May 22, 2010
By Jeff Seidel
Special to NCAA.com
GETTYSBURG, Pa. – Hamilton entered Saturday’s Division III national semifinal against Franklin & Marshall with a simple goal – to get off to a good start.
The Continentals did exactly what they wanted, jumping to a 6-1 lead just over 16 minutes into the game en route to a 12-7 victory over the defending national champion at Gettysburg College.
That quick lead removed a lot of the steam from the Diplomats, who never drew closer than three goals again.
“I was a little shocked,” said Hamilton’s Rachel Friedman, who scored two goals. “It really boosted our confidence.”
The good start let Hamilton (21-0) remain in control and slow the pace. The Continentals used up long stretches of time when they gained possession, which effectively wiped out any chance of a Franklin & Marshall rally.
They also were very patient on offense, outshooting the Diplomats 28-14. Plus, they converted on all 21 clears while forcing Franklin & Marshall (16-4) to succeed on just 15 of 20.
But Hamilton coach Patty Kloidt liked how her team stayed tough when Franklin & Marshall tried to rally in the second half. The Diplomats cut the lead to 11-7 with 14:27 left, but the Continentals didn’t waver and shut out Franklin & Marshall the rest of the way.
“They’re not afraid of momentum and stress,” said Kloidt. “We’ve learned how to ride the wave of the teams making a run.”
A HELPING HAND: Salisbury coach Jim Nestor’s team is still looking for its first national title. If the Sea Gulls play offense in Sunday’s title game against Hamilton like they did in the semifinals, they just may get it.
Salisbury (20-1) rolled to a 20-12 victory over host Gettysburg (18-4). In that win, the Sea Gulls finished with assists on all but one of the goals, and they totaled 39 points.
“I thought we played very well,” Nestor said. “The girls were very disciplined. They found the open players, and they put their opportunities away.”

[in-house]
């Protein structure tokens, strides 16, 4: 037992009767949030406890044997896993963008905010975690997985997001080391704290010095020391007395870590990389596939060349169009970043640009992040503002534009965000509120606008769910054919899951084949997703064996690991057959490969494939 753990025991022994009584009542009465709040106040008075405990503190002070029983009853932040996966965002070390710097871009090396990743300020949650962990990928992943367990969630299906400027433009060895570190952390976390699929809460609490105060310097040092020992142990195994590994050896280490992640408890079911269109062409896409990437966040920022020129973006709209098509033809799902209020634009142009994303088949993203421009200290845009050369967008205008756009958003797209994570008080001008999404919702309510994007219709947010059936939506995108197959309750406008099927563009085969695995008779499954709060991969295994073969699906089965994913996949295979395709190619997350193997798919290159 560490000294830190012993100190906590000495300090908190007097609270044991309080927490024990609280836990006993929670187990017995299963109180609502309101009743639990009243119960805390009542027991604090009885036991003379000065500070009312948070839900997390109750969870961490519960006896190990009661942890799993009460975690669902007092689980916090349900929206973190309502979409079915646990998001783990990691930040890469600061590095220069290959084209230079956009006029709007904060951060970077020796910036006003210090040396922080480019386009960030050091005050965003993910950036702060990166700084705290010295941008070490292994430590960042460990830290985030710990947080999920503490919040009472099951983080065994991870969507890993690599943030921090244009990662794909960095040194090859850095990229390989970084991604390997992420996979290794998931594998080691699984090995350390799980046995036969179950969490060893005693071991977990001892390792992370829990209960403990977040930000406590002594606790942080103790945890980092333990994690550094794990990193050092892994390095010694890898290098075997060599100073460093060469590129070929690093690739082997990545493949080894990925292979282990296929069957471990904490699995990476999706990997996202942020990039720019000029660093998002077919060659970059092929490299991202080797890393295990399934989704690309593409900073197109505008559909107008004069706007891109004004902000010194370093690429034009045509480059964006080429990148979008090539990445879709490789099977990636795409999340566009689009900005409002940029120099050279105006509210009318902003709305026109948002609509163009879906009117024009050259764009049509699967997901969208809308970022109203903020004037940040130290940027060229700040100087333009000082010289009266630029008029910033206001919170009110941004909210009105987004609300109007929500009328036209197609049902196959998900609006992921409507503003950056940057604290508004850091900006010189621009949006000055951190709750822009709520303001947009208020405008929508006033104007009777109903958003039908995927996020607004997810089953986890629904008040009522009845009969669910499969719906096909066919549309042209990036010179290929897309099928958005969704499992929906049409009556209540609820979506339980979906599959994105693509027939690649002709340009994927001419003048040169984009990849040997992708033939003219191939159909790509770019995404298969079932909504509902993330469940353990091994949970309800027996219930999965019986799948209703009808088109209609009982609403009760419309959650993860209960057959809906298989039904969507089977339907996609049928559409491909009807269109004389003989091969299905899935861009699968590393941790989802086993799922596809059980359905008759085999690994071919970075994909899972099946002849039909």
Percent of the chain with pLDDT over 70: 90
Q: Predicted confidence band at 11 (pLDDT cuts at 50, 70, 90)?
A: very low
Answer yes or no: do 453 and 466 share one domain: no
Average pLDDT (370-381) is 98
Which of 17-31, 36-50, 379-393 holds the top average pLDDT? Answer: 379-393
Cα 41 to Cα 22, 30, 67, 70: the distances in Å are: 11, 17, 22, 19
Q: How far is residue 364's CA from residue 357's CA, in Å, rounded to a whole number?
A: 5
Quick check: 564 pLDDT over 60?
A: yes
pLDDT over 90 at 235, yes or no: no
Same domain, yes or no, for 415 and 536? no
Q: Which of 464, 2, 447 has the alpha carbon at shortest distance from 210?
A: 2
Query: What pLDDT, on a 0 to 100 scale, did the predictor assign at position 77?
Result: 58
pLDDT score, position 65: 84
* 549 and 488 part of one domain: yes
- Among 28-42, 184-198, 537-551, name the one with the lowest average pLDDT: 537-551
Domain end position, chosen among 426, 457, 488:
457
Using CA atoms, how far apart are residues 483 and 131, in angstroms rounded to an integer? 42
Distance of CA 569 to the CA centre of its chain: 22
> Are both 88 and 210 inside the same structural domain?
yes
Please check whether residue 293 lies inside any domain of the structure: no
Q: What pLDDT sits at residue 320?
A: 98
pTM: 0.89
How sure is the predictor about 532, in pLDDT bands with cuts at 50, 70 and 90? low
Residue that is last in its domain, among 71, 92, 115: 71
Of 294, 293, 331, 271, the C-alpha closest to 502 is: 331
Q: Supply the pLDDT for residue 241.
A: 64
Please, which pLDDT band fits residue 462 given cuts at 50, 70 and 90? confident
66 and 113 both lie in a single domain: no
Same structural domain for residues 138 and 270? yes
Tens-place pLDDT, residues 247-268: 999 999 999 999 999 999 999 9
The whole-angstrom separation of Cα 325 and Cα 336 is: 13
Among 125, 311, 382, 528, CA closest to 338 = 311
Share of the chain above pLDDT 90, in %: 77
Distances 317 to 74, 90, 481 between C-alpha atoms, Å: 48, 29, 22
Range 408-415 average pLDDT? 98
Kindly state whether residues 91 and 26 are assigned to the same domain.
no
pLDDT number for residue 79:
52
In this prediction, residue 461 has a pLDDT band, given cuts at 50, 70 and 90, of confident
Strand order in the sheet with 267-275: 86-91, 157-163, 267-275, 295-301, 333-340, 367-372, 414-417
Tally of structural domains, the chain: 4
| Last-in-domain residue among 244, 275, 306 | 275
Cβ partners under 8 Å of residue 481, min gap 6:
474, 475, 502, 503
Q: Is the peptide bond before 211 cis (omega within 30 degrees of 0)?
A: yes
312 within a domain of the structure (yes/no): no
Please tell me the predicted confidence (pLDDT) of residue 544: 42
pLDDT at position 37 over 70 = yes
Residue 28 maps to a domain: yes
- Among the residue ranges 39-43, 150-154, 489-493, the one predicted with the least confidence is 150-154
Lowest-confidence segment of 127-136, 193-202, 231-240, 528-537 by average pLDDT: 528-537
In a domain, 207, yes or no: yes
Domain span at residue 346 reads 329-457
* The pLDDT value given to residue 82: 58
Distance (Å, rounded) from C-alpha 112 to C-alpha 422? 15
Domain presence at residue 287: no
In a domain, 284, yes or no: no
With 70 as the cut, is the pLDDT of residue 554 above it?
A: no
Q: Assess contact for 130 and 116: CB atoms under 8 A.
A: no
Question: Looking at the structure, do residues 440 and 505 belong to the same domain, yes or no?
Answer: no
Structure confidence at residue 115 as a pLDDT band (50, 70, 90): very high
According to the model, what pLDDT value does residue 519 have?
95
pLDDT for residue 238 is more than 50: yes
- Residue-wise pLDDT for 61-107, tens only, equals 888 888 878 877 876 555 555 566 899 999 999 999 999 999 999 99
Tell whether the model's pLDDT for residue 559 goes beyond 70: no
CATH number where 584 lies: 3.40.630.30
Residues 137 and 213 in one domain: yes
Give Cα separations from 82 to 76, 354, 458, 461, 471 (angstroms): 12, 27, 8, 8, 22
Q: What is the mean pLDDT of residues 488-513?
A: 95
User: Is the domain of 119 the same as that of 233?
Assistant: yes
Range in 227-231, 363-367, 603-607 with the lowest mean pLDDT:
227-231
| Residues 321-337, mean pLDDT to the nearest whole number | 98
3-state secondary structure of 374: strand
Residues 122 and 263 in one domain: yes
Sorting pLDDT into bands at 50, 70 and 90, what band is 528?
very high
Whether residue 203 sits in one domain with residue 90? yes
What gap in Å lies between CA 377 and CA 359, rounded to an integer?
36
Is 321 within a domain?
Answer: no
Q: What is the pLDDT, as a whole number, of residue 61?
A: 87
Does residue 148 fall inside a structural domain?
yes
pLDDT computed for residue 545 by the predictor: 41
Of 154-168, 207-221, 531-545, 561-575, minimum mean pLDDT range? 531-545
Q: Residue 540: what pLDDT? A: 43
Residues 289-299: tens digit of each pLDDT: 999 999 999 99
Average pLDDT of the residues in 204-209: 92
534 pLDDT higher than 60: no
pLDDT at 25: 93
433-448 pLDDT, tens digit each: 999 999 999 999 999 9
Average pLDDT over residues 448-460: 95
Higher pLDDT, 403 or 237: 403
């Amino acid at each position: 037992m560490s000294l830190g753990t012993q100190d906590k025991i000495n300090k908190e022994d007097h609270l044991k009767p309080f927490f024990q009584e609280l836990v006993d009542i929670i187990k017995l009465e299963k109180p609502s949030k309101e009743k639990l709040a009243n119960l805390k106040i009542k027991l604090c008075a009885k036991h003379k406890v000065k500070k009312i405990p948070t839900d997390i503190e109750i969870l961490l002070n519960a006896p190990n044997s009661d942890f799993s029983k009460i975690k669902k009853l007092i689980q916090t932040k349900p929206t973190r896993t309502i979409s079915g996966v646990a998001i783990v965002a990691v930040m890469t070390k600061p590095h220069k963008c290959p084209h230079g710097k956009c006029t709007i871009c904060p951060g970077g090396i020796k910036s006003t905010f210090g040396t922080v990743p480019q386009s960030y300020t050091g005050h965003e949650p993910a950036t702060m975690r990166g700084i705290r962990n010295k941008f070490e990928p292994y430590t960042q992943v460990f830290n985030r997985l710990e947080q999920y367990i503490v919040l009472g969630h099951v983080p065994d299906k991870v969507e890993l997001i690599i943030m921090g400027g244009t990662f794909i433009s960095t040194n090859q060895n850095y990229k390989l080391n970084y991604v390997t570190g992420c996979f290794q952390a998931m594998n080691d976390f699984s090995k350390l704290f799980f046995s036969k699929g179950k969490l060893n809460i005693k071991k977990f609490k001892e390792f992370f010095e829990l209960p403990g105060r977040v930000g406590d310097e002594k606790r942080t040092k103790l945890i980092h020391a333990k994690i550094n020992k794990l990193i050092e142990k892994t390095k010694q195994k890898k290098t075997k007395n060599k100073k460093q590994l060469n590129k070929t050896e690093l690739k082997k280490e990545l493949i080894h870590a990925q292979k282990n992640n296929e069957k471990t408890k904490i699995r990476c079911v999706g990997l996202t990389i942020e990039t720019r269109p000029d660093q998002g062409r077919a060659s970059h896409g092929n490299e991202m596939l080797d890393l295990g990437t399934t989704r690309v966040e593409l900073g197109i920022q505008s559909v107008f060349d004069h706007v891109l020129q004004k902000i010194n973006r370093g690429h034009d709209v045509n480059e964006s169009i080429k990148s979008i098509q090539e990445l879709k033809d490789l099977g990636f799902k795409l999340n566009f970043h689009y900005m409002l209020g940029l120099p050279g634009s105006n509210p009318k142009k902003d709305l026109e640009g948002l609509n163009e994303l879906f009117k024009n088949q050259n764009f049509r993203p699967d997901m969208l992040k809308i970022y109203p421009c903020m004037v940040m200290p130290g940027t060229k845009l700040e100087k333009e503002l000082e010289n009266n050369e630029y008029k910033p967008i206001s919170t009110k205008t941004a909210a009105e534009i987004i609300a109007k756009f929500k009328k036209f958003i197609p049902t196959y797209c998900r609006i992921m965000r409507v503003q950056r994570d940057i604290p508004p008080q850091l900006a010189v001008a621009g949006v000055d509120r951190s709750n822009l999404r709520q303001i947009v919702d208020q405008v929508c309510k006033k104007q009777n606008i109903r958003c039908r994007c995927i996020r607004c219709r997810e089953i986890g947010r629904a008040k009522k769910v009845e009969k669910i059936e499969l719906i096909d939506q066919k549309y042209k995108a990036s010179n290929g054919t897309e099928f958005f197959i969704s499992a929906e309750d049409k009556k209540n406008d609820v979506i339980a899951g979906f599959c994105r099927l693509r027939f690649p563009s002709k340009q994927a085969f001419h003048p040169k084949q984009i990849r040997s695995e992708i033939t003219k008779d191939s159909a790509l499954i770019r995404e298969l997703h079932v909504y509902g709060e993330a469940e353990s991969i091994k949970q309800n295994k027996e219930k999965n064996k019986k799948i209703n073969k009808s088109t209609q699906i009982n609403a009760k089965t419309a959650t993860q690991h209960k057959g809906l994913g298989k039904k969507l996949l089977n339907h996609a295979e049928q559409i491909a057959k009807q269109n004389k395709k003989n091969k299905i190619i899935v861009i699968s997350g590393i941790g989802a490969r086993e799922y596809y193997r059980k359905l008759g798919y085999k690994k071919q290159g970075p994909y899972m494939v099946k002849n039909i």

Five Sea Gulls scored at least six points. Kim Cudmore led the way with two goals and six assists for eight points.
“We just got pumped up,” said Allie Wheatley, who had five goals and two assists. “We knew what we had to do, and we did i.”
This will be Salisbury’s fourth try for a national championship. The Sea Gulls are ranked No. 2 in the country, and Hamilton is No. 1.
A GOOD ACCOMPLISHMENT: Franklin & Marshall would have liked a chance to repeat as national champion. But the Diplomats came up short in their loss to Hamilton.
Still, Franklin & Marshall turned a few heads by making it to the Final Four. The Diplomats lost several key players from last year’s championship team, and they felt that some weren’t taking them very seriously.
“No one thought we’d make it to the Final Four except us,” said coach Lauren Paul. “We wanted everything.”
The Diplomats couldn’t bounce back from an early 6-1 deficit. They made Hamilton work hard in the second half, but the deficit was too big to overcome.
But making it this far with a team that had just five seniors on a 26-player roster sets a good foundation for the next few years.
A TOUGH DECISION: Gettysburg coach Carol Cantele was faced with a painful decision in Saturday’s semifinal against Salisbury, one that coaches rarely like.
Kristen Krammer was a four-year starter in goal for the Bullets and the school’s career leader in wins. But she struggled against Salisbury, and Cantele finally pulled her early in the second half of the 20-12 loss.
Krammer played most of the team’s minutes this year but gave up 14 goals and made only two saves before Cantele replaced her with Laura McIntyre. She made two quick saves and finished with three.
But Cantele wants Krammer to remember that she had a great career, not just a shaky game at the end.
“She’s been one dynamic, fantastic keeper for us,” Cantele said. “She just had an off day today. [She] had a tremendous career here.”